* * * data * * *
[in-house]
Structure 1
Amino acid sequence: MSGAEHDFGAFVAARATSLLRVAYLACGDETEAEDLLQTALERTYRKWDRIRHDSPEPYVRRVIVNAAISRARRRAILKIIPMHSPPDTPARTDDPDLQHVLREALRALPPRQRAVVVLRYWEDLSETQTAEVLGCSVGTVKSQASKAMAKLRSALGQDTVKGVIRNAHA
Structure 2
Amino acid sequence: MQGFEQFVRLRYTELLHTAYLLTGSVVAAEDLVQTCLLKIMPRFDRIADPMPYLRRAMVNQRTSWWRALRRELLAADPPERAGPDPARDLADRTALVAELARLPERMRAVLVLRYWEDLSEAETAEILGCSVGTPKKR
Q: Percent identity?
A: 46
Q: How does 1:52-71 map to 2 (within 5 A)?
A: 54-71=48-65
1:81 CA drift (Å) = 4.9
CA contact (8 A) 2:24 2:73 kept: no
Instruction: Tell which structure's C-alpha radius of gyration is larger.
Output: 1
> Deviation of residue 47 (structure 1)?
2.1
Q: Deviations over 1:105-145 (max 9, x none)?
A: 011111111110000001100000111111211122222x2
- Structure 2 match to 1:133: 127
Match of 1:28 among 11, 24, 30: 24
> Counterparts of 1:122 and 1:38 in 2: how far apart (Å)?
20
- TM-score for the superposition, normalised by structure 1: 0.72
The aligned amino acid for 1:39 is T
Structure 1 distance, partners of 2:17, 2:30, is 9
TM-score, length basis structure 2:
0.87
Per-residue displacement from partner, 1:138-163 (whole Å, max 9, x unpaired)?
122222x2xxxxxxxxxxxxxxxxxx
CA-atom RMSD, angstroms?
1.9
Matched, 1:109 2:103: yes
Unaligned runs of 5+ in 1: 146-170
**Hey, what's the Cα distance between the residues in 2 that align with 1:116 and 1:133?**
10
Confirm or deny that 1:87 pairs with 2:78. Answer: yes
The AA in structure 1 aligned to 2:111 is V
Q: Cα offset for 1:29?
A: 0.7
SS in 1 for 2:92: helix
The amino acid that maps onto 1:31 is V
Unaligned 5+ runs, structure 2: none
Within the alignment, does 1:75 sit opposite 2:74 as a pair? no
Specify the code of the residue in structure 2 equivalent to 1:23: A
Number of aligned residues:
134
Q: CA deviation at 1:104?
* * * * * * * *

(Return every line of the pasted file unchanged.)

[in-house]
Structure 1
Amino acid sequence: MSGAEHDFGAFVAARATSLLRVAYLACGDETEAEDLLQTALERTYRKWDRIRHDSPEPYVRRVIVNAAISRARRRAILKIIPMHSPPDTPARTDDPDLQHVLREALRALPPRQRAVVVLRYWEDLSETQTAEVLGCSVGTVKSQASKAMAKLRSALGQDTVKGVIRNAHA
Structure 2
Amino acid sequence: MQGFEQFVRLRYTELLHTAYLLTGSVVAAEDLVQTCLLKIMPRFDRIADPMPYLRRAMVNQRTSWWRALRRELLAADPPERAGPDPARDLADRTALVAELARLPERMRAVLVLRYWEDLSEAETAEILGCSVGTPKKR
Q: Percent identity?
A: 46
Q: How does 1:52-71 map to 2 (within 5 A)?
A: 54-71=48-65
1:81 CA drift (Å) = 4.9
CA contact (8 A) 2:24 2:73 kept: no
Instruction: Tell which structure's C-alpha radius of gyration is larger.
Output: 1
> Deviation of residue 47 (structure 1)?
2.1
Q: Deviations over 1:105-145 (max 9, x none)?
A: 011111111110000001100000111111211122222x2
- Structure 2 match to 1:133: 127
Match of 1:28 among 11, 24, 30: 24
> Counterparts of 1:122 and 1:38 in 2: how far apart (Å)?
20
- TM-score for the superposition, normalised by structure 1: 0.72
The aligned amino acid for 1:39 is T
Structure 1 distance, partners of 2:17, 2:30, is 9
TM-score, length basis structure 2:
0.87
Per-residue displacement from partner, 1:138-163 (whole Å, max 9, x unpaired)?
122222x2xxxxxxxxxxxxxxxxxx
CA-atom RMSD, angstroms?
1.9
Matched, 1:109 2:103: yes
Unaligned runs of 5+ in 1: 146-170
**Hey, what's the Cα distance between the residues in 2 that align with 1:116 and 1:133?**
10
Confirm or deny that 1:87 pairs with 2:78. Answer: yes
The AA in structure 1 aligned to 2:111 is V
Q: Cα offset for 1:29?
A: 0.7
SS in 1 for 2:92: helix
The amino acid that maps onto 1:31 is V
Unaligned 5+ runs, structure 2: none
Within the alignment, does 1:75 sit opposite 2:74 as a pair? no
Specify the code of the residue in structure 2 equivalent to 1:23: A
Number of aligned residues:
134
Q: CA deviation at 1:104?